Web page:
The Moral Fragility of Constitutionalism

First Things, January 1993.


In this collection of characteristically brilliant essays, Harvey C. Mansfield Jr., one of our nation’s most eminent conservative political theorists, defends the American Constitution as “the most glorious product of modern political science and still its best justification.” The achievement of our nation’s founders, according to Mansfield, was “to introduce a new era of human liberty” by thinking realistically and well about the problems of politics. Today, however, the founders” achievement is threatened “by the galloping informality or increasing democratism of our politics.” “Postmoderns” have become “disillusioned with reason, enlightenment, progress, and liberal democracy.” They have grown contemptuous of constitutional formalities that sometimes, and by design, function as obstacles standing in the way of the popular will. Even the political scientists “have become rampant democratizers because they have lost faith in reason.” Far from being part of the solution, political science has become a major part of the problem. Mansfield’s criticisms of “increasing democratism” and “rampant democratizers” should not lead anyone to suppose that he is against democracy or in favor of some authoritarian alternative. Far from it. What Mansfield says of the framers of our Constitution can truly be said of Mansfield himself: They distrusted democracy, but not because they loved aristocracy.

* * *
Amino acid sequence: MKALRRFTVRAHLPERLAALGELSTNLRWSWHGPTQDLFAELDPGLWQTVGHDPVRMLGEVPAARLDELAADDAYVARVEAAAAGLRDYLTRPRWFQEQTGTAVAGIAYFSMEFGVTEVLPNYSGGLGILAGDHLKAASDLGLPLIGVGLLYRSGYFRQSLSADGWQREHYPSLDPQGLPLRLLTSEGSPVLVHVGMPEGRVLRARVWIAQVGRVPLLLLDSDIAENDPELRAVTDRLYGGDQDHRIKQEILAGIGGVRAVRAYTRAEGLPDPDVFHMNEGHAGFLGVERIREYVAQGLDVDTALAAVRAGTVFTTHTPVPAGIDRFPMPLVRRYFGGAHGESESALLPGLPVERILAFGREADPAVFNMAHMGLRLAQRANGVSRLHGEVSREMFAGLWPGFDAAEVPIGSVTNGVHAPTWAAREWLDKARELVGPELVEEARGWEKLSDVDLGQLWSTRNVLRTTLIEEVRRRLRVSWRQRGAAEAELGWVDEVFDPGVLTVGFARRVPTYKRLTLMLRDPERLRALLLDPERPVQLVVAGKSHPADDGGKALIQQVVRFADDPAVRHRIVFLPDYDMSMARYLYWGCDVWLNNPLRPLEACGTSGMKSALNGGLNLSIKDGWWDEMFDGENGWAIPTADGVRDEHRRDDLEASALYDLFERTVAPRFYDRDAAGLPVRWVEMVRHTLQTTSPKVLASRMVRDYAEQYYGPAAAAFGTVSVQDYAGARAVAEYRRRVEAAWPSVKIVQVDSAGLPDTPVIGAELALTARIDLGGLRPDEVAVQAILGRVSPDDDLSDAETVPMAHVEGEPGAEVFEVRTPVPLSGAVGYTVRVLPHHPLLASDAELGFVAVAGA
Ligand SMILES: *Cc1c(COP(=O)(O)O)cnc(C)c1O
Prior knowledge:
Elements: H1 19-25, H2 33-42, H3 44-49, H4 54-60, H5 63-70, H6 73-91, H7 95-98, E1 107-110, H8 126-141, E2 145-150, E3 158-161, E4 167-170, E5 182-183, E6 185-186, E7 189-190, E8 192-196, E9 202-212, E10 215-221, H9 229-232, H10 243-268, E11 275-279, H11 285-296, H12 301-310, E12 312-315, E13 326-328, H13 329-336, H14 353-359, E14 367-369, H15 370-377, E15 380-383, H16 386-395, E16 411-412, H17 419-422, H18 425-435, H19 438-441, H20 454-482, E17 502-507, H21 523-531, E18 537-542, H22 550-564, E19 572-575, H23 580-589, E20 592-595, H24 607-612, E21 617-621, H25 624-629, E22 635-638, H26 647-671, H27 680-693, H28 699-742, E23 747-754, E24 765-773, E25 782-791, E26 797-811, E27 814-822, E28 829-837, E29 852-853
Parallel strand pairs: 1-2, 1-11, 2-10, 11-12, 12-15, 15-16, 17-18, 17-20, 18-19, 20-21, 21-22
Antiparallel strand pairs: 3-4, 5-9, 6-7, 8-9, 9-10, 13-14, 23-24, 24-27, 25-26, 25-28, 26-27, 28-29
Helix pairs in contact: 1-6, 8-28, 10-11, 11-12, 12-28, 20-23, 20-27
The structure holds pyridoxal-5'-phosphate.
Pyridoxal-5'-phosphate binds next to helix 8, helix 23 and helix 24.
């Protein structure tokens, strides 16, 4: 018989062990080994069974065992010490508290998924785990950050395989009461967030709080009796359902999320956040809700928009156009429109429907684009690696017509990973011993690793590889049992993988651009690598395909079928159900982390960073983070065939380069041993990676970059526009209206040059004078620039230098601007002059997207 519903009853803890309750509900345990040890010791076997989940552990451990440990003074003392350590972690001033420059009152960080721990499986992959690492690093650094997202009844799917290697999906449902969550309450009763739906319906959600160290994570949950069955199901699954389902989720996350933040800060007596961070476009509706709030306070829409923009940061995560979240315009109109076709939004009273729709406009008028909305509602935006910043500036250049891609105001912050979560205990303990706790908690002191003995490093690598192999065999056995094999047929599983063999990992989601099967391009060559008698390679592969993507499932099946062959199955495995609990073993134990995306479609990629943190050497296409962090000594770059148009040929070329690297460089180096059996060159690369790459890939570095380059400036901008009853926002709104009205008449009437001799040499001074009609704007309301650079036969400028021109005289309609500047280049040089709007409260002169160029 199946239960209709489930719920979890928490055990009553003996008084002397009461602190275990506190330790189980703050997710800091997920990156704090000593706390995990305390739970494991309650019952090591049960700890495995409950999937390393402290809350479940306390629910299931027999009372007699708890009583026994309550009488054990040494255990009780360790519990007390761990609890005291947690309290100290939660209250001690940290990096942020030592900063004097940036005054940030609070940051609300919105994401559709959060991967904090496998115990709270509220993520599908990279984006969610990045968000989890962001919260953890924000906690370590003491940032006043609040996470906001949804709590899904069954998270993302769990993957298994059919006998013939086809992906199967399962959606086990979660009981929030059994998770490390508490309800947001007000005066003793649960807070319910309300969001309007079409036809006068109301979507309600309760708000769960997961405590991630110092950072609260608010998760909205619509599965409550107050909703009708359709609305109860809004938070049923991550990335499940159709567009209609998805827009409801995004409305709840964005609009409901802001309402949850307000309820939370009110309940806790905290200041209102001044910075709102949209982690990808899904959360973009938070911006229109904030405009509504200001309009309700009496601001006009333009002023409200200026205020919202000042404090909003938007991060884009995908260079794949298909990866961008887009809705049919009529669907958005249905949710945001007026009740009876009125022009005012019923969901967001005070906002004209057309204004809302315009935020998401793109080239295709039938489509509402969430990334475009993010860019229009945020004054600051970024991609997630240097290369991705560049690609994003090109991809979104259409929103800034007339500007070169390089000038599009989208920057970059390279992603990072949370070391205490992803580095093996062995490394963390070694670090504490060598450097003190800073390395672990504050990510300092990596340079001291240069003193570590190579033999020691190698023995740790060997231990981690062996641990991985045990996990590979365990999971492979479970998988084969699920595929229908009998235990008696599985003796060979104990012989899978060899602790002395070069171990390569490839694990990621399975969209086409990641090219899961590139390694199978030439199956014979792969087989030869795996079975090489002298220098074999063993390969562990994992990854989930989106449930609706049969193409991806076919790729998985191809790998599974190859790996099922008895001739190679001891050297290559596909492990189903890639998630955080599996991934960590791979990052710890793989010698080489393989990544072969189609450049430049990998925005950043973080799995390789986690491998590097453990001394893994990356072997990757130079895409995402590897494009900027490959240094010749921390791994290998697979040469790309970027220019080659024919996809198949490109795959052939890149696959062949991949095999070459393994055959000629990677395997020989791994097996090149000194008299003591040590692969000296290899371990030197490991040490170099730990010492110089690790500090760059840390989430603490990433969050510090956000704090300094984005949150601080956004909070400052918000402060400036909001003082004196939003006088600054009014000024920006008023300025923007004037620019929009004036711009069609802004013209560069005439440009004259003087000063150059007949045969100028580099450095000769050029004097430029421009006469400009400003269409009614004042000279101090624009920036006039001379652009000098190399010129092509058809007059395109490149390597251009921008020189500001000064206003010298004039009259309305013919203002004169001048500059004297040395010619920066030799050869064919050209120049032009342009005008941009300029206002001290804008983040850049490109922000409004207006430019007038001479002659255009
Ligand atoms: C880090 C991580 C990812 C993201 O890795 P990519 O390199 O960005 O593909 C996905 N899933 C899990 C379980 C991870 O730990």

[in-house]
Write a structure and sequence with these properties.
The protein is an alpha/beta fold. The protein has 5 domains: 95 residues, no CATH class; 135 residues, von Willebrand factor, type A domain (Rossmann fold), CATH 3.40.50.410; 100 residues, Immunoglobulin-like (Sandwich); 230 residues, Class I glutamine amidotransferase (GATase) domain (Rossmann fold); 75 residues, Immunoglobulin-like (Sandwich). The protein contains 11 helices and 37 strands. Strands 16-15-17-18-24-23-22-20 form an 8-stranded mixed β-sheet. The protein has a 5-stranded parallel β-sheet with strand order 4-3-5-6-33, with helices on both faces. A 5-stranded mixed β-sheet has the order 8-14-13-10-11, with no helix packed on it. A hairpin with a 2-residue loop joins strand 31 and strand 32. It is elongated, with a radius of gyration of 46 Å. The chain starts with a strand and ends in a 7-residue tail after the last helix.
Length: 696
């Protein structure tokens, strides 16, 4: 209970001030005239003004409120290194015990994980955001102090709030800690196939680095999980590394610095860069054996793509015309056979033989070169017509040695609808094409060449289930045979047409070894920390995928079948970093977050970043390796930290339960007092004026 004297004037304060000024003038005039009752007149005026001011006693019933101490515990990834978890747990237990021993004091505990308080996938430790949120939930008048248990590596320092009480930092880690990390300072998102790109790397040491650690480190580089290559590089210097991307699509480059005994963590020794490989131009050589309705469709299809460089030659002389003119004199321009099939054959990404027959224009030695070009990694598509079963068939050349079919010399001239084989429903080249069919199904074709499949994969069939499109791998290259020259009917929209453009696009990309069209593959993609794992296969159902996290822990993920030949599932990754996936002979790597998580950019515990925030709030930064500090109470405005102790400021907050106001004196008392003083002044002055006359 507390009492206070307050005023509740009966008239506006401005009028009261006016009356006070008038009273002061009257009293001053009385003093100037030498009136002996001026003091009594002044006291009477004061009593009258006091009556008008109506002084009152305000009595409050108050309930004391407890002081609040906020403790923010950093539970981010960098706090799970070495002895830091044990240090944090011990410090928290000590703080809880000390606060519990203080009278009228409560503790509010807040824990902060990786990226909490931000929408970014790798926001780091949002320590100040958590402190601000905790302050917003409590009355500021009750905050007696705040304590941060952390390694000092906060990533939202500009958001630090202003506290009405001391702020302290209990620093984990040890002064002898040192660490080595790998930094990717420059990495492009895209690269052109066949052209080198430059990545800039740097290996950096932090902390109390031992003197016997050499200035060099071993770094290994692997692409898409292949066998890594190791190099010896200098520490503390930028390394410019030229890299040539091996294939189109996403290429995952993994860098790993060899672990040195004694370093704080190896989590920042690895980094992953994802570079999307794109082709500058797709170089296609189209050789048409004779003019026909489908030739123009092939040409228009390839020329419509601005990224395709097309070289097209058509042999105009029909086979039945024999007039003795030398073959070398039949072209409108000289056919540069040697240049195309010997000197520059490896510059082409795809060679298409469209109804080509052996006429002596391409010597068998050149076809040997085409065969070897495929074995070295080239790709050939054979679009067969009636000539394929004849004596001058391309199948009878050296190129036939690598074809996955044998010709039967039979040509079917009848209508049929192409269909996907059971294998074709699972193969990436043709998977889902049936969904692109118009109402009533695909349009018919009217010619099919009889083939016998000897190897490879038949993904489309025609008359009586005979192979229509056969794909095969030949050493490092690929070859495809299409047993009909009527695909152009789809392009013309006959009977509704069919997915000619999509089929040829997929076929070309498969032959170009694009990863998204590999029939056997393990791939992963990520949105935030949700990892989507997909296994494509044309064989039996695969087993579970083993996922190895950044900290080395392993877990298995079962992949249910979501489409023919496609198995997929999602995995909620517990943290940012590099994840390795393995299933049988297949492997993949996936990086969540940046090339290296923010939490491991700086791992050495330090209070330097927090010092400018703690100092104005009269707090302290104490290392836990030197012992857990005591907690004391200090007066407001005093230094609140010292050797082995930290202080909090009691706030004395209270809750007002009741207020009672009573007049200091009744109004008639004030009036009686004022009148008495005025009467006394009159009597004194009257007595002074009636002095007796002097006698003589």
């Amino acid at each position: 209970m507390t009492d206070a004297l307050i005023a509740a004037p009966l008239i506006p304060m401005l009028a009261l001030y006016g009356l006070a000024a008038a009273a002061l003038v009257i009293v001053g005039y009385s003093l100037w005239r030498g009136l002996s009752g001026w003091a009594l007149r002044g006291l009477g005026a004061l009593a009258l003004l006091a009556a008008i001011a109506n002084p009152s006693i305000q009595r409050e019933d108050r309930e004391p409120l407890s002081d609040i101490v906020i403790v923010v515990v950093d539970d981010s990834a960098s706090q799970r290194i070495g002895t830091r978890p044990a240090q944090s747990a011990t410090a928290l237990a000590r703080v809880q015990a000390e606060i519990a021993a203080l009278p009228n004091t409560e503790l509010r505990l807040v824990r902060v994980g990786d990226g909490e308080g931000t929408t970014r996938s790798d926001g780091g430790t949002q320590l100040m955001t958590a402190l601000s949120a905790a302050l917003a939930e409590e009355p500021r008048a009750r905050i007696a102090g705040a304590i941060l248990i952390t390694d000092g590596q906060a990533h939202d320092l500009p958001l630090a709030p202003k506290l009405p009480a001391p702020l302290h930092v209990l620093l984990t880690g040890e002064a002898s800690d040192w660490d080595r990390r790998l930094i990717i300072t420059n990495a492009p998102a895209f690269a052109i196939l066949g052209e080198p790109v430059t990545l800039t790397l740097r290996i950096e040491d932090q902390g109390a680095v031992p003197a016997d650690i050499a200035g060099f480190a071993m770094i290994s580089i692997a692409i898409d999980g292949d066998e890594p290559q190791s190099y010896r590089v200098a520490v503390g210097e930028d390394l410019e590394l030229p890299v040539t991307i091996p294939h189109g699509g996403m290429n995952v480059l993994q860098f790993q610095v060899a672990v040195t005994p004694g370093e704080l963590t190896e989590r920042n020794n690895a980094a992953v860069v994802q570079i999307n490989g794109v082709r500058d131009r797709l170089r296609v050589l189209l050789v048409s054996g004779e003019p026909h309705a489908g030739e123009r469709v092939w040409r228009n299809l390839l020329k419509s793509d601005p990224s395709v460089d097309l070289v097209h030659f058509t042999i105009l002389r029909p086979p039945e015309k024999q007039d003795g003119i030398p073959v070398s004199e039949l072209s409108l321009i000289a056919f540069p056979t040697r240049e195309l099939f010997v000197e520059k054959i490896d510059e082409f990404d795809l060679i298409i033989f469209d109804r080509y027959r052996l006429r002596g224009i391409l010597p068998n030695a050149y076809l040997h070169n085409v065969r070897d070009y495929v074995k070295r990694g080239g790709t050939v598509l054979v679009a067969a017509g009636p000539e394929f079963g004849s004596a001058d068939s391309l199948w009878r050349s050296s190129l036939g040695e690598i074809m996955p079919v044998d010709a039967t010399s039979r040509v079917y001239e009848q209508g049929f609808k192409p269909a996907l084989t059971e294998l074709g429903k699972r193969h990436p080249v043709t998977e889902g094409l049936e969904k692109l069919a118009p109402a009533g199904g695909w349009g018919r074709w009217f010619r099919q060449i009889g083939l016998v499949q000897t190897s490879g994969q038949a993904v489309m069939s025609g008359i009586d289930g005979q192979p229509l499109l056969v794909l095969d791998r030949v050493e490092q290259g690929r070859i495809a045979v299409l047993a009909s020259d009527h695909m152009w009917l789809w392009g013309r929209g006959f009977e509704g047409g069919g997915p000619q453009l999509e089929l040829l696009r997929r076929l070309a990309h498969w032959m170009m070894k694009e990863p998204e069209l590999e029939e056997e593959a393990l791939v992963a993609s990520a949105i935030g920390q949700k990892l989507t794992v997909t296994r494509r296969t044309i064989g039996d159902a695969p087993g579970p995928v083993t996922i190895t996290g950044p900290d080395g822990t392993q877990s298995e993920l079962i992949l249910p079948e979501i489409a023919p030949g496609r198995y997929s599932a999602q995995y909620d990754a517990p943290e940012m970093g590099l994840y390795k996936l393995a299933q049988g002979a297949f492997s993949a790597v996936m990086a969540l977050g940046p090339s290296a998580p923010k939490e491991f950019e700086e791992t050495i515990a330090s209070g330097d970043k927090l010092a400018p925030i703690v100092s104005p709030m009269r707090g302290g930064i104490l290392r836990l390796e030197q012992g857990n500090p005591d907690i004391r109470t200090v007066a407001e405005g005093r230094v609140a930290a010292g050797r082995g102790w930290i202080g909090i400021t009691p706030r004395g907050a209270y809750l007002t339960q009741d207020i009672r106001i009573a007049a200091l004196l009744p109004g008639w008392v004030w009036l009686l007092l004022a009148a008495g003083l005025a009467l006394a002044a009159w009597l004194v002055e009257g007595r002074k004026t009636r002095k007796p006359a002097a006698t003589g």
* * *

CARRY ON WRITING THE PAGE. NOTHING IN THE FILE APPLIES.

First Things